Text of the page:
Monday, May 19, 2014

A twisting thriller that holds the road

Review of Golgotha Connection by Caleb Pirtle III

I don’t like a lot of the thrillers I read. Most of them seem to be emulating another derivative thriller, just trying to ride some bandwagon to market success. Far too many read as if the author were trying to write an episode of his or her favourite TV cop show.

So when I opened Golgotha Connection, described on the cover as “A Christian Novel,” I was prepared for disappointment. But what I found were realistic characters, solid writing and a satisfying story.

I even liked the main character’s unusual name: “Andrews St. Aubin,” which opens the book. The author recognizes how preposterous this name is, but has a good reason for it.  And having a French last name for a character in an American thriller is unusual enough.

The plot twists and turns, but holds the road.
St. Aubin is a newspaper reporter with some serious PTSD, memory loss and other psychological problems. He’s followed by a dead man only he can see, and only at night, the ghost of a man he killed in a military engagement that he cannot remember. While he’s trying to make a new life as a journalist, he seems to be more of a gun for hire.

The owner of the Texas newspaper St. Aubin’s works for, Richard Brockleman, sends the reporter to Saltillo, Mexico, to find his brother, Danny B. Danny is a DEA officer who might be corrupt, and disappeared in the drug cartel-controlled Saltillo, Mexico. Brockleman says that instead of busting drug rings, Danny has uncovered incontrovertible proof of Christ’s appearance in Mexico before the Spanish Conquest in 1492.

Pirtle then throws in the trope of the disgruntled military men and corrupt, ambitious politicians attempting a US coup by triggering an upheaval in Mexico.

No, it’s not impossible to make this story plausible.
If any author had come to a publisher with an idea for a novel about a detective finding incontestable proof that Jesus Christ lived, let alone walked in Mexico before 1492, and getting caught in a plot to overthrow the US government through Mexico, he probably would have been advised to pick an easier mystery to pen. But Pirtle handles the challenge well, giving the readers just enough information as the plot builds to keep us readers turning pages.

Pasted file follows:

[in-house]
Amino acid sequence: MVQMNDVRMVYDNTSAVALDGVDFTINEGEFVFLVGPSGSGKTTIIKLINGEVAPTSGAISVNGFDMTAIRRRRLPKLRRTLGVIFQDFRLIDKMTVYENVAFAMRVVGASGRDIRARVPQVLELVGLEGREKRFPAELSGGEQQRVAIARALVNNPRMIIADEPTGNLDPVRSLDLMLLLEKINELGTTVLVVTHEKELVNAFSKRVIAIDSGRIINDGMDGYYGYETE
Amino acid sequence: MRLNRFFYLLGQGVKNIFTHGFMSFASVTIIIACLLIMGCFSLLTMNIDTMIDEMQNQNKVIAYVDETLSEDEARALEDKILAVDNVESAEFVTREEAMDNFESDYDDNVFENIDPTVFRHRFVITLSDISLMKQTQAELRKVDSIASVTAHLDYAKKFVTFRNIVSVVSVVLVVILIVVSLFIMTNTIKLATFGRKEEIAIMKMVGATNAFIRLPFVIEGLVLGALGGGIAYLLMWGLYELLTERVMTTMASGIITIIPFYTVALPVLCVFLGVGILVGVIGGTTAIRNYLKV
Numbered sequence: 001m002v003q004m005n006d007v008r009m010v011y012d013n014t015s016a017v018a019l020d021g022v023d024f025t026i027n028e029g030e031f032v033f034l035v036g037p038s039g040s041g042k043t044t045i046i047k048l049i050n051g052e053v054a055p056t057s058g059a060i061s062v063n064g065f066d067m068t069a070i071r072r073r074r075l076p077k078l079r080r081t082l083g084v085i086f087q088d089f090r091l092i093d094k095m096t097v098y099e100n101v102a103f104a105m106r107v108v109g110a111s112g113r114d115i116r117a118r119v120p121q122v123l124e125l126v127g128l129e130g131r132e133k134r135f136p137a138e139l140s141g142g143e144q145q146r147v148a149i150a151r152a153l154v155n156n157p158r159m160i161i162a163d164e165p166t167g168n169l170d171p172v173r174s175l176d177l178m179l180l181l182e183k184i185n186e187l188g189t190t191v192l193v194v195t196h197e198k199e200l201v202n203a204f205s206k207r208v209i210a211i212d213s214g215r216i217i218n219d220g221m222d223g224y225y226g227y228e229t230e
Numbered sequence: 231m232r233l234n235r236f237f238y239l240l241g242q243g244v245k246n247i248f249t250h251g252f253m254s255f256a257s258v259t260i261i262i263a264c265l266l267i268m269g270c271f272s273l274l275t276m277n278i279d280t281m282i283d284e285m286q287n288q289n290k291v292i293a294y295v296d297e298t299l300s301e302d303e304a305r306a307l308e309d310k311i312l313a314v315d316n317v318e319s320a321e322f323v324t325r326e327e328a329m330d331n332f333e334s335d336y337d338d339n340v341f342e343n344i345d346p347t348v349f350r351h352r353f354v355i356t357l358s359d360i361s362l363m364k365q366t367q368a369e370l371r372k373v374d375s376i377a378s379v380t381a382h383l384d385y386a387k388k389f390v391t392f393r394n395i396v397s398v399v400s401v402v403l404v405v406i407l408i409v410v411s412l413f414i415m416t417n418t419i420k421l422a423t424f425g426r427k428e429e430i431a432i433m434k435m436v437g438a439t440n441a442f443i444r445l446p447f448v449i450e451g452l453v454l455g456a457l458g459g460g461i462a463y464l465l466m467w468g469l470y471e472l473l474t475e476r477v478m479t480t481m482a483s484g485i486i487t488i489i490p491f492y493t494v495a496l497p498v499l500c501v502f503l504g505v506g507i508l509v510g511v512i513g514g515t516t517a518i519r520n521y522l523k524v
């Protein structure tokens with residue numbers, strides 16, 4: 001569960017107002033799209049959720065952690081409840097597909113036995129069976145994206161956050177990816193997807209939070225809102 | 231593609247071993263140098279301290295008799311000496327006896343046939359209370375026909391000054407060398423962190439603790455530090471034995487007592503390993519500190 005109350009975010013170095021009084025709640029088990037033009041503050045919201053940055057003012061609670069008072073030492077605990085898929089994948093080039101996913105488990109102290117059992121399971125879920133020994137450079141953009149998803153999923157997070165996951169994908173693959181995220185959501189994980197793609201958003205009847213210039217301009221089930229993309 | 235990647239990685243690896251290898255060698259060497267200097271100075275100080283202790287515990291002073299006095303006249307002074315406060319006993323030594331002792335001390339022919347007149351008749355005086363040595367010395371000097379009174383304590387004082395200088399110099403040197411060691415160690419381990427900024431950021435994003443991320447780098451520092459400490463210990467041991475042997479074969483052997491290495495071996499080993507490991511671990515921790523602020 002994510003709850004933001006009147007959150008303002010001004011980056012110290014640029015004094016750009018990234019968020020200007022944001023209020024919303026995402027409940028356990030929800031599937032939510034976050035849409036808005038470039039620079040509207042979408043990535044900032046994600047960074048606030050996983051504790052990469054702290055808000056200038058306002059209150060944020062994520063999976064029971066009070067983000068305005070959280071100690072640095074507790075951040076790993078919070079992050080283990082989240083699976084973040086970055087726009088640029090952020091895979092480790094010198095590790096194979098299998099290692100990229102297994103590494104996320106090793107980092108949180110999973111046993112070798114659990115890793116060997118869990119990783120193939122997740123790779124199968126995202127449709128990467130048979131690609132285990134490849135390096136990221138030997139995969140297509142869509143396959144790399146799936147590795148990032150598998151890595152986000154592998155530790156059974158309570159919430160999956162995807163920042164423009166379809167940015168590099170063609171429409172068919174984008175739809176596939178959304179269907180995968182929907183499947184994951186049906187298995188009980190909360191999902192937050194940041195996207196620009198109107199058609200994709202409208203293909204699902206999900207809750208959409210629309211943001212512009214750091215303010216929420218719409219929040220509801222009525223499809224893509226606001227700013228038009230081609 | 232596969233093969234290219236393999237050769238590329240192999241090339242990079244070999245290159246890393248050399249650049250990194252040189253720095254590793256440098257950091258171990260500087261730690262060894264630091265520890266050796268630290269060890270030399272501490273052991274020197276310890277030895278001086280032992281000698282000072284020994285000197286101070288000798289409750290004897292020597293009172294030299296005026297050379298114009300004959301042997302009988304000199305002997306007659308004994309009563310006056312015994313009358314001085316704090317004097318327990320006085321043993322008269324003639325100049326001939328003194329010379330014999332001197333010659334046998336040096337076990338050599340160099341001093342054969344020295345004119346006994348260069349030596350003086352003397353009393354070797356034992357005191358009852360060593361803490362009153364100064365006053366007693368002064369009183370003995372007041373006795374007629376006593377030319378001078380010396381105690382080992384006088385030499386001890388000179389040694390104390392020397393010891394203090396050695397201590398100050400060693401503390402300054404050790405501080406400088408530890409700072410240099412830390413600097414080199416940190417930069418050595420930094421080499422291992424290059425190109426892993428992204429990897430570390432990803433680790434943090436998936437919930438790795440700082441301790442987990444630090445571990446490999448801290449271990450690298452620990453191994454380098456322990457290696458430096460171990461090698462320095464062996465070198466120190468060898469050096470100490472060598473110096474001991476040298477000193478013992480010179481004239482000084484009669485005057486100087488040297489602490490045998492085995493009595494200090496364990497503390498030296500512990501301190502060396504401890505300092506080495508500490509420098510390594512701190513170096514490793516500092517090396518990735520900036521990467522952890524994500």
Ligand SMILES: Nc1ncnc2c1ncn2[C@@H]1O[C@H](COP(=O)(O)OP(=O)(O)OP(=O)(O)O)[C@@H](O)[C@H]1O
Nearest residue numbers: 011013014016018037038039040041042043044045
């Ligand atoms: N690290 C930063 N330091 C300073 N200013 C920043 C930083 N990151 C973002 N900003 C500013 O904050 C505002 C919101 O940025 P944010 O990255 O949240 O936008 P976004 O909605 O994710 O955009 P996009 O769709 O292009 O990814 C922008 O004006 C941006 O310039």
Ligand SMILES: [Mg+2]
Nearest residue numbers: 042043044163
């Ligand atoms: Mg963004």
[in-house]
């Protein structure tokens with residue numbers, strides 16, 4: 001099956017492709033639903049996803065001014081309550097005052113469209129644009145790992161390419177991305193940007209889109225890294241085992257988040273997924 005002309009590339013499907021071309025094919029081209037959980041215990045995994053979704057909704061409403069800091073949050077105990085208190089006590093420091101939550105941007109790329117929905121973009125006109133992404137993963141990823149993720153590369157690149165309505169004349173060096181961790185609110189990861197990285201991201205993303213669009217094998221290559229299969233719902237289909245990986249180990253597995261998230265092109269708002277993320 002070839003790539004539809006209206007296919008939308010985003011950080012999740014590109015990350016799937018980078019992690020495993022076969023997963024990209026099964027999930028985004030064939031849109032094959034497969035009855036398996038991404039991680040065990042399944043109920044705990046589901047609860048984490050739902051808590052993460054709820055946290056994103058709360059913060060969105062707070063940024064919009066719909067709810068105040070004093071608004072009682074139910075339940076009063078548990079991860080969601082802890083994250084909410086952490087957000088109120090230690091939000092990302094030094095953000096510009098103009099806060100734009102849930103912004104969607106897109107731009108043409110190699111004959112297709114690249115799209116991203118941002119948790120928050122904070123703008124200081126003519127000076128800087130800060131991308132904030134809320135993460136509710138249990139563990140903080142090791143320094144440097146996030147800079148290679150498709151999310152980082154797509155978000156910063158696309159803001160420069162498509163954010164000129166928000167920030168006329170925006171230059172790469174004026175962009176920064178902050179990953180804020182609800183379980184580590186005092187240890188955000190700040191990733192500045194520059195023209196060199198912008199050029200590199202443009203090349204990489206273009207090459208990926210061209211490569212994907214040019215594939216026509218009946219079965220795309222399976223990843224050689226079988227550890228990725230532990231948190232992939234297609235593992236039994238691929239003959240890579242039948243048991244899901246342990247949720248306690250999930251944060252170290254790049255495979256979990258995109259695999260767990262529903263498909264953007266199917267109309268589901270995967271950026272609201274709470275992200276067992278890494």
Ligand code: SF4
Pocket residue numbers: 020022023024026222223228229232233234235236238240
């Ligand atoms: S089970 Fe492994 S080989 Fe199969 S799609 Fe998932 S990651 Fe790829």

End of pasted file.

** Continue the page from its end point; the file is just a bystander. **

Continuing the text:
There were a few places where I was afraid the novel would become excessively Christian, where a plot point could only be explained by a miracle or an answer to true faith, but thankfully, Pirtle avoided that. Everything made sense, and while there is a definite religious motif to this book, it makes sense.

The characters ring true.
Pirtle gives us a wide range of believable characters, all with strengths, weaknesses and flaws. I loved some of them, and detested others, but I reacted to each one. All their actions and reactions logically proceeded from their situations and personalities, with no unbelievable transformations. Richard Brockleman’s agonized family relationships add some surprising depth to the story. I suspected the femme fatale at first, but Pirtle’s iron-tight plot made her completely believable.
The only weak characterization was in the US military guys trying to destabilize Mexico in a bid to reform the US government. They were a little clich├ęd; exactly the same personalities played the same roles in a half-dozen other thrillers I’ve read in the past year. It’s too bad, because they’re the only place where Pirtle was not creative.

The author  gives us a satisfying closing.
Pirtle also avoids a facile story arc. St. Aubin’s struggles against drug cartels, traitors, cowards and ghosts, all of whom leave scars.. At no point do we know for sure who’s going to survive the next battle, and it’s never certain who’s going to win.

Pirtle doesn’t cut corners. The book has been produced professionally, meeting or exceeding the standards of commercial fiction. In fact, this book was much better than the commercially published stuff I have read lately.


Visit Caleb Pirtle III's Venture Galleries for links to buy this and other books.

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